Many developers have turned to Docker containerization to help provide consistency in spinning up new applications in the cloud and on premises, and many applications are dependent on the orchestration of multiple Docker containers. This creates a new set of challenges around spinning up collections of containers in conjunction with all the associated settings and configurations so they can work together.
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To address that gap, the software industry has been rallying around Kubernetes -- a container management system -- as an ecosystem of functionality to automate the deployment of collections of containers. At the KubeCon conference in San Francisco experts discussed some of the best practices and tools for automating the deployment of clusters on top of Kubernetes.
Cameron Brunner, director of engineering at Univa, said there are a lot of great tools for creating a Kubernetes cluster, but there is not a great path to automating the deployment of consistent clusters. "'We like treating our hardware like cattle,'" Brunner said. "This is something we hear about all the time with regards to apps. But treating your hardware like pets can lead to nasty internal management problems."
'We like treating our hardware like cattle.' This is something we hear about all the time with regards to apps. But treating your hardware like pets can lead to nasty internal management problems.
director of engineering, Univa
Internally, Univa has about five clusters running with Kubernetes consisting of multiple nodes on each cluster. Having a solid tool chain helps to generate a Kubernetes cluster quickly that passes conformance and can be built and started in a couple of minutes.
Brunner said organizations need to address the following questions to generate a reliable conformant Kubernetes cluster:
- What base operating system to start with?
- How is the OS deployed and configured?
- How is Kubernetes going to be installed and configured?
Fortunately, a lot of tools in the environment can support this process, Brunner said. Immutable OSes like Atomic and CoreOS have become quite stable. The Preboot Execution Environment (PXE boot) network booting technology can simplify deployment. Cloud-Init is a good boot time configuration utility.
Brunner recommends always network booting your hardware. This allows for quick reprovisioning if a machine is misbehaving or needs to be upgraded. PXE boot can help simplify this process. Ideally, it is a good practice to have a tool for dynamic PXE generation, which is not something that comes with PXE.
It's also a good practice to install an immutable OS. This leads to a consistent set of software and a consistent environment in the data center. Brunner said, "This lessens the overall management complexity and makes it easy to understand what is going on in the cluster."
It is also a good idea to host the container images locally. Brunner recommends having a local repository. Another good practice is to manage configurations using Cloud-Init. This makes it easier to keep everything in one spot while still having an immutable OS. This can be integrated with Systemd for complex operations such as certificate enrollment and pulling in cryptography keys to create a streamlined workflow of system boot operations.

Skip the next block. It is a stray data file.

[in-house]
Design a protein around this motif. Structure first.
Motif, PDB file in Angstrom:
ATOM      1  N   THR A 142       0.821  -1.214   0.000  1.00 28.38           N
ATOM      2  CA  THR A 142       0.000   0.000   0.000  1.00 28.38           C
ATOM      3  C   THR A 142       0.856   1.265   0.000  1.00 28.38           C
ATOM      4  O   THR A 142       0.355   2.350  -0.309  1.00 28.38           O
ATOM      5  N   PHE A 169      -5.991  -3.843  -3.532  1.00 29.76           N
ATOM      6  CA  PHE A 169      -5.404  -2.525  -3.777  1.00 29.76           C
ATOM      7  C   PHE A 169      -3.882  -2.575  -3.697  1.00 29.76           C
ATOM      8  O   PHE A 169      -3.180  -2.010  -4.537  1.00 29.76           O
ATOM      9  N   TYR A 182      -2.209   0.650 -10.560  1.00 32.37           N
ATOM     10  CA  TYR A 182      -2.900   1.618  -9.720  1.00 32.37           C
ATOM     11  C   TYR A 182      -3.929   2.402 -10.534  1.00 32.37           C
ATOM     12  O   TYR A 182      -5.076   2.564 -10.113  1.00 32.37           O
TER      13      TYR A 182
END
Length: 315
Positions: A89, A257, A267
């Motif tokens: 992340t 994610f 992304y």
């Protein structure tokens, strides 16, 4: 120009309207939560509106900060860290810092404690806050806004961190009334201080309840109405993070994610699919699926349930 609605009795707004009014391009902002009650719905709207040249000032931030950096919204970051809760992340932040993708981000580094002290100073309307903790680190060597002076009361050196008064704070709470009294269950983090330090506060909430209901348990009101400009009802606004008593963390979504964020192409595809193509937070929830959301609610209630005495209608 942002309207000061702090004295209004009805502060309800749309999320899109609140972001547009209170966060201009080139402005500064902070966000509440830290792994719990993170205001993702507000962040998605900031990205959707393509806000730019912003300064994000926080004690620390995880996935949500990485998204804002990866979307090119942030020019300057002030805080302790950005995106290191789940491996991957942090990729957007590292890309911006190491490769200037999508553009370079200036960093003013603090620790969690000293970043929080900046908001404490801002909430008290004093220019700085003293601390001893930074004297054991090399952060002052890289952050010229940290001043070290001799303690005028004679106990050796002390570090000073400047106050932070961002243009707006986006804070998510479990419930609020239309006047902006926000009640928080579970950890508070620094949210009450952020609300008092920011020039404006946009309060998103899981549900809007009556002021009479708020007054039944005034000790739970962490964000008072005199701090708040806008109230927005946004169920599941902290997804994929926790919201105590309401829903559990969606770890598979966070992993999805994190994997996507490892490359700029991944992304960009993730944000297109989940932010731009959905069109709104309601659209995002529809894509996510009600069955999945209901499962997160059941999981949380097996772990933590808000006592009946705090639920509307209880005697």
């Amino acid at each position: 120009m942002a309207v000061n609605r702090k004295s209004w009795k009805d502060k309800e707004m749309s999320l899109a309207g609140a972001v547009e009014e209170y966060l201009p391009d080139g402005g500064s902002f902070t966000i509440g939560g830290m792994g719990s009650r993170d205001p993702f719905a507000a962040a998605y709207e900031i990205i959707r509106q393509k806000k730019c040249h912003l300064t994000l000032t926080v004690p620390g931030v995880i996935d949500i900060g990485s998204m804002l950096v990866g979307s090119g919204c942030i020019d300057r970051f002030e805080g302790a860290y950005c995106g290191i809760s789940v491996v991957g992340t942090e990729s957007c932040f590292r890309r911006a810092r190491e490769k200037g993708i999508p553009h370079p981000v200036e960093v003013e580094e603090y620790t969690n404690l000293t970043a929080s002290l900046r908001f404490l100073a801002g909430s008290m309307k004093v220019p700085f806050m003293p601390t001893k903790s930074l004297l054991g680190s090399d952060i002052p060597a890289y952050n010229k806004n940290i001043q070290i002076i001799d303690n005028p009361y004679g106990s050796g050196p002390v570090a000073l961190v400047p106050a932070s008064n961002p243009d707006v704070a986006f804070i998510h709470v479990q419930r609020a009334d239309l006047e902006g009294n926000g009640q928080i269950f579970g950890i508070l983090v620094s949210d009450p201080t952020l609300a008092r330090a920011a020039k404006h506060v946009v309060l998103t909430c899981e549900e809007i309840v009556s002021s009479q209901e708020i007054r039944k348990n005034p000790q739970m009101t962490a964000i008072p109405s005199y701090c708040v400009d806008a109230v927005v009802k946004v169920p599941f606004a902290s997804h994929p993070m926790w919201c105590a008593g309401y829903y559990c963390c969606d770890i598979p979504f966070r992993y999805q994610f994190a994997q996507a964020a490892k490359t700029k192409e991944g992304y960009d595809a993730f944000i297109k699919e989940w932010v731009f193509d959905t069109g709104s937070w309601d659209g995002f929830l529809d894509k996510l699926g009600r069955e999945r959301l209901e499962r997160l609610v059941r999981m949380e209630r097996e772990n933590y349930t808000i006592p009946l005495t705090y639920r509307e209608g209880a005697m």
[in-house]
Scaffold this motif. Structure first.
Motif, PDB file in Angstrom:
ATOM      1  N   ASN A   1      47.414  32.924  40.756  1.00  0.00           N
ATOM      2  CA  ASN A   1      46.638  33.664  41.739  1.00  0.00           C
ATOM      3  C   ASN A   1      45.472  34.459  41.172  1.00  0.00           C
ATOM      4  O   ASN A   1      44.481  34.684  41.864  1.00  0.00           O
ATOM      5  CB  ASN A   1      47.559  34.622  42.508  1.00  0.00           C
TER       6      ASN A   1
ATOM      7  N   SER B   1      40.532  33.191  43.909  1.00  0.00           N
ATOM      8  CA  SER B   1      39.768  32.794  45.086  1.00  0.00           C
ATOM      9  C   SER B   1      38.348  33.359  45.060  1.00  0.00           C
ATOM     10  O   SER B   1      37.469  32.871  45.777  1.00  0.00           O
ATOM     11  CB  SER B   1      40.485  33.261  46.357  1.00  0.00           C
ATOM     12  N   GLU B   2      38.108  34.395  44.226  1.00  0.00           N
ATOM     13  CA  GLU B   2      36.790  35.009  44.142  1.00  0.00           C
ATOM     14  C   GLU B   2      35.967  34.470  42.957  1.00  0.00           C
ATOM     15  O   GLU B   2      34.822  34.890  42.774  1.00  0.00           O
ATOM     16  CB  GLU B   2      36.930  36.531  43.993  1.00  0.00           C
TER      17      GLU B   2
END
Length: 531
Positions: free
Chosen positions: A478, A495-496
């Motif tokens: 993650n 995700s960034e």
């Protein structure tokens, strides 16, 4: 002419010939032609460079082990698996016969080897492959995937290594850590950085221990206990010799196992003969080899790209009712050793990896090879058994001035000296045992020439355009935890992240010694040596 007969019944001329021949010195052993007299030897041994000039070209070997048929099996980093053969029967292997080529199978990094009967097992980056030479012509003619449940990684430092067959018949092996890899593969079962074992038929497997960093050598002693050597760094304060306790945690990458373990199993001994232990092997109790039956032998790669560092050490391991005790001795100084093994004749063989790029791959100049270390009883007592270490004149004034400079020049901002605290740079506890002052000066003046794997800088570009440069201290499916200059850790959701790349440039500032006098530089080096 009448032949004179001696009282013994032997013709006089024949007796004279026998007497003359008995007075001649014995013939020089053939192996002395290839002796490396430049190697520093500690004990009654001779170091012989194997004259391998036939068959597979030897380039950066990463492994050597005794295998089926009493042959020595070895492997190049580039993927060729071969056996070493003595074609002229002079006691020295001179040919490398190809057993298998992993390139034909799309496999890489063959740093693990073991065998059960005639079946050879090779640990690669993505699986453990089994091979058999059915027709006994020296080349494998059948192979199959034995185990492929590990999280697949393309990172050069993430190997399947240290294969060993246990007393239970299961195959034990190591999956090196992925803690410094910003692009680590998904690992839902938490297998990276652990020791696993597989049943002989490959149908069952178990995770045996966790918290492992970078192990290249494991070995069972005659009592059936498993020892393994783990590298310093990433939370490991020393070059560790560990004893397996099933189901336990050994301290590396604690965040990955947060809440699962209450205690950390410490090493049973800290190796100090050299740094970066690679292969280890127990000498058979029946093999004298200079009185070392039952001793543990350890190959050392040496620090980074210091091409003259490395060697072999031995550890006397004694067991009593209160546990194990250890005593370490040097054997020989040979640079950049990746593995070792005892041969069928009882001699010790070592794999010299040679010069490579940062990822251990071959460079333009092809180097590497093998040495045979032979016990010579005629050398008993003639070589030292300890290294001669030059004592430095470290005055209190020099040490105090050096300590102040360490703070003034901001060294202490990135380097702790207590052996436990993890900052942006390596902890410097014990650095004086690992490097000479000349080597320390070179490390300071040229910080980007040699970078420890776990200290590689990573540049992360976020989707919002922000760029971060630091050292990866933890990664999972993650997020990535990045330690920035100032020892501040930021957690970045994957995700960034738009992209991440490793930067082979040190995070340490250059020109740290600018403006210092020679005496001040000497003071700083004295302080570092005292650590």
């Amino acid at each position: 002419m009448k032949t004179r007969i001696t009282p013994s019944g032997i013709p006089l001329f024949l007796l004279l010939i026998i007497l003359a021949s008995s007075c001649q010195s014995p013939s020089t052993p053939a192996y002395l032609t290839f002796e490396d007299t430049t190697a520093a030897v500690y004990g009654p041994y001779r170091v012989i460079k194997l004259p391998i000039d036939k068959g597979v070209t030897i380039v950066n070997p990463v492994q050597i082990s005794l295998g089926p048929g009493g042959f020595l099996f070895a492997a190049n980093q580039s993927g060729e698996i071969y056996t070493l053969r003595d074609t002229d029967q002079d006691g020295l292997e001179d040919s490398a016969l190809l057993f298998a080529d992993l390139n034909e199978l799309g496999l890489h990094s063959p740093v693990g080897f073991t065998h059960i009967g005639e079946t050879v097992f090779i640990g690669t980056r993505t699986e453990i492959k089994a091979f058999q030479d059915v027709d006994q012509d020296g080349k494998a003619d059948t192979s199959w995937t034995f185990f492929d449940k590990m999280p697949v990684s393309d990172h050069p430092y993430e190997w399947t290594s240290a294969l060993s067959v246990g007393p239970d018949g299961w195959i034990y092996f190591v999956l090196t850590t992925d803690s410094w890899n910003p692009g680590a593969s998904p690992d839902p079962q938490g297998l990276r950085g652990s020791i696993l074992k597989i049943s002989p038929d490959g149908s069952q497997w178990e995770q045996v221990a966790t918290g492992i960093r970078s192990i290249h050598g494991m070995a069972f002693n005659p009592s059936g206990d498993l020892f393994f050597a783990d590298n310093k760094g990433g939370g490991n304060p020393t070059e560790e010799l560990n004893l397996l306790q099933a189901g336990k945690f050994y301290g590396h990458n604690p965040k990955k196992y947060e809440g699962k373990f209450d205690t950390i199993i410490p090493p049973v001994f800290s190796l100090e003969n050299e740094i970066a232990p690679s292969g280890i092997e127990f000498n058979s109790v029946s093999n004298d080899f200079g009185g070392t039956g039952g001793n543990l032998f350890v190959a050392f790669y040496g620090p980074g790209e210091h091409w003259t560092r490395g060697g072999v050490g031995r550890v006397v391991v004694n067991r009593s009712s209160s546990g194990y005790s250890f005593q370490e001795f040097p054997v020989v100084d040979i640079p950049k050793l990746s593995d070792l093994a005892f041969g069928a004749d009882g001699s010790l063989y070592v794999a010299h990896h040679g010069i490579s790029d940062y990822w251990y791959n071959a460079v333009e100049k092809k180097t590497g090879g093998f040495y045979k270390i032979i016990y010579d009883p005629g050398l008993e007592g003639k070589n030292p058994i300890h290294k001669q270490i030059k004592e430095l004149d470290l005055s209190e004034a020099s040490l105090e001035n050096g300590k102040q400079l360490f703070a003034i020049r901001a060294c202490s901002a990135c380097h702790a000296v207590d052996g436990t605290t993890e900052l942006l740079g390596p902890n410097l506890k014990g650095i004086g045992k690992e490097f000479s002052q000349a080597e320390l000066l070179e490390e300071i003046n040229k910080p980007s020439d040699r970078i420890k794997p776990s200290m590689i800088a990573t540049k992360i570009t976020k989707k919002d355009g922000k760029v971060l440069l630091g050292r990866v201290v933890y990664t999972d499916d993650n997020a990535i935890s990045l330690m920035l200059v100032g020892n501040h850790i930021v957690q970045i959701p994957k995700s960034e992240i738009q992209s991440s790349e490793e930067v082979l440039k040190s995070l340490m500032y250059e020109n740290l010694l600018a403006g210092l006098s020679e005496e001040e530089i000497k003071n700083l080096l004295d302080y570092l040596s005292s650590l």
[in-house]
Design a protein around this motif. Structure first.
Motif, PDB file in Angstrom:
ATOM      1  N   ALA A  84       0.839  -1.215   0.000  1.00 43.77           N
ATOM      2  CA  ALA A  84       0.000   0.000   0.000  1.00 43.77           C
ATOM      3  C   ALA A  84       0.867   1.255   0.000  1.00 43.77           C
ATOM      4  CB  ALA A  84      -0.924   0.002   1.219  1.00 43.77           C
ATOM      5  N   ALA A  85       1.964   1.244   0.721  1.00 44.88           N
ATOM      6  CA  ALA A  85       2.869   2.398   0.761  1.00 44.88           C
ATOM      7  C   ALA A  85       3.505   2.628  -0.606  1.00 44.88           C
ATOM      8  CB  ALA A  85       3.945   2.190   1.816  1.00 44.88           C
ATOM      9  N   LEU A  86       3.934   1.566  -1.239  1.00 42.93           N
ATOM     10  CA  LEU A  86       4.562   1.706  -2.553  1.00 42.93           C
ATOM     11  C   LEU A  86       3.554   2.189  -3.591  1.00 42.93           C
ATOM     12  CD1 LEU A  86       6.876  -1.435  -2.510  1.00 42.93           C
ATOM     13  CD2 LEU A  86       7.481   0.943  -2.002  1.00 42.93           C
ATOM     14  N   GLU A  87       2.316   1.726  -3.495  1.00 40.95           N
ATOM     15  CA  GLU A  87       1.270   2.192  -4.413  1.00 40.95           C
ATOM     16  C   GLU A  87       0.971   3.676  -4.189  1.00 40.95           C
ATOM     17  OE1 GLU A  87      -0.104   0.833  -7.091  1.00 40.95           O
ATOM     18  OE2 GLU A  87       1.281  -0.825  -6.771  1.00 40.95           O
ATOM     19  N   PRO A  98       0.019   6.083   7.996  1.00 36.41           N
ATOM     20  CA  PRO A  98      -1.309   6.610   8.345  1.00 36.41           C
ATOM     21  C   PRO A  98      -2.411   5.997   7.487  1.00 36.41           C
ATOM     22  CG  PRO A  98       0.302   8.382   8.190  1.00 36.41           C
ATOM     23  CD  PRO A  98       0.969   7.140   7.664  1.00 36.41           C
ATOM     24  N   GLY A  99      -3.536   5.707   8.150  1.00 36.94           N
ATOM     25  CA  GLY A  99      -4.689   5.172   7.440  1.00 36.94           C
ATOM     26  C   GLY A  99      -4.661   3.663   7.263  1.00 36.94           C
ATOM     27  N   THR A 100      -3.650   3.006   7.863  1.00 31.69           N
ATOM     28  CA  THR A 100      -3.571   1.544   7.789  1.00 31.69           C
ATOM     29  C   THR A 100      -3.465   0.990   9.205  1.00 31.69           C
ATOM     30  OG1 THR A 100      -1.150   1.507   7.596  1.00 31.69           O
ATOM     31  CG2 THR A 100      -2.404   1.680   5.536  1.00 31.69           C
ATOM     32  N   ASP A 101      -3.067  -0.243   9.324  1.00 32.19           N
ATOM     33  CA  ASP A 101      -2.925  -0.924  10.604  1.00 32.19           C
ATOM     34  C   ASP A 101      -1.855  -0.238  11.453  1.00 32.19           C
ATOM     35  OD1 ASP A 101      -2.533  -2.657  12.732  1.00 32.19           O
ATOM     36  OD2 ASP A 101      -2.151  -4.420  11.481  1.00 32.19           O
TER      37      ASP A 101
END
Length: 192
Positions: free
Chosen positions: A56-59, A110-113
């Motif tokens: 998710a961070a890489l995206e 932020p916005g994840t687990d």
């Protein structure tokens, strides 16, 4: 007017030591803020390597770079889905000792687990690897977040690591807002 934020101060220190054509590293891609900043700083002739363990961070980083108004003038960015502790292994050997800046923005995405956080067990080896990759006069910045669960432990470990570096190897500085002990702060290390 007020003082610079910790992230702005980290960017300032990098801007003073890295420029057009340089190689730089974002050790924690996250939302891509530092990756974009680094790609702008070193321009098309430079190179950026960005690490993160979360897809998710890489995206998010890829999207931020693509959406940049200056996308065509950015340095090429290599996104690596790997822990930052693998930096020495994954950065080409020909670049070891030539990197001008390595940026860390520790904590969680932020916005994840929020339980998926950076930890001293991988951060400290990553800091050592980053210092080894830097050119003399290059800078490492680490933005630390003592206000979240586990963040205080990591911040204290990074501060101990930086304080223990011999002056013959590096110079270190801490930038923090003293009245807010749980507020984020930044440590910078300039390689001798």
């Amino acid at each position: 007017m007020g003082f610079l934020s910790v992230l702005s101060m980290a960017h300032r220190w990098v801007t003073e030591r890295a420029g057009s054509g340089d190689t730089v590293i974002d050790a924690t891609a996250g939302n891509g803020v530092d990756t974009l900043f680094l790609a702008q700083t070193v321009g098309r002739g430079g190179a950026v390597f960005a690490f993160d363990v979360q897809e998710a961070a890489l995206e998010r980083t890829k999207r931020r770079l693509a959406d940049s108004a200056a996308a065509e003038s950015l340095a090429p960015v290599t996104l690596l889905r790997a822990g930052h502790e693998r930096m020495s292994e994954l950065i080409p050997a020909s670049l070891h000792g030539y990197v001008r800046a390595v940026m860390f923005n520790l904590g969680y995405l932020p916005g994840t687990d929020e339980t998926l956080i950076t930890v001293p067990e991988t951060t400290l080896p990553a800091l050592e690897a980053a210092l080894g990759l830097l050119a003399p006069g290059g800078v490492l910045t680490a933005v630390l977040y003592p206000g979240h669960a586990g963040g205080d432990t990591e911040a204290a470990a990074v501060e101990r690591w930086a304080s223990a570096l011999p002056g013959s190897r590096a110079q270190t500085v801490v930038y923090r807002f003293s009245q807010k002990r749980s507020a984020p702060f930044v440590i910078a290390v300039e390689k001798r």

Automating Kubernetes on AWS
Jimmy Cuadra, a programmer in San Francisco, said it can be challenging to deploy a Kubernetes cluster in a consistent manner using Amazon Web Services (AWS) directly. He said, "Operating a production cluster is not something I trust, even though I respect the hard work of the Kubernetes team. For those of us who need to manage our own clusters, we need something more robust."
Cuadra said that Google Container Engine is a good choice for running on a hosted application. But a more robust approach is required for automating the deployment of clusters on AWS. Part of the problem is that most of the information relating to the tools for the declarative configuration of clusters is outdated or contains broken links. Cuadra wanted to be able to leverage declarative configuration files that could be checked in to Git for generating clusters.
Cuadra recommends using Terraform from Hashicorp. It allows organizations to use a declarative configuration language to describe resources and the state of cloud infrastructure to match what is in a Git repository.
Navigating configuration complexity
There are many provisioning issues around deploying a Kubernetes cluster that are not easy to tune with Terraform. Specific configuration settings are required to describe how different containers talk to each other. Other settings are required to specify how to authenticate the Kubernetes APIs and for distributing access credentials to different people on the team. There is also a need to manage workflow around where to keep the state for multiple Kubernetes implementations.
To address this gap, Cuadra created an open source tool called KAWS that makes it easier to specify infrastructure as code with domain name system built in. It also generates and distributes Kubernetes access credentials securely. KAWS is built on top of the Rust programming language.
The process of automating the Kubernetes deployment begins with the creation of a KAWS repository, which is essentially a Git repository for creating state. It also includes a key export command that can manage the public key of team members. This makes it possible to manage user access without having to expose each person's private key. Cuadra says this kind of automated approach makes it possible to stage and deploy a new Kubernetes cluster in about 10 minutes.
How has your development team used a Kubernetes cluster effectively? Let us know.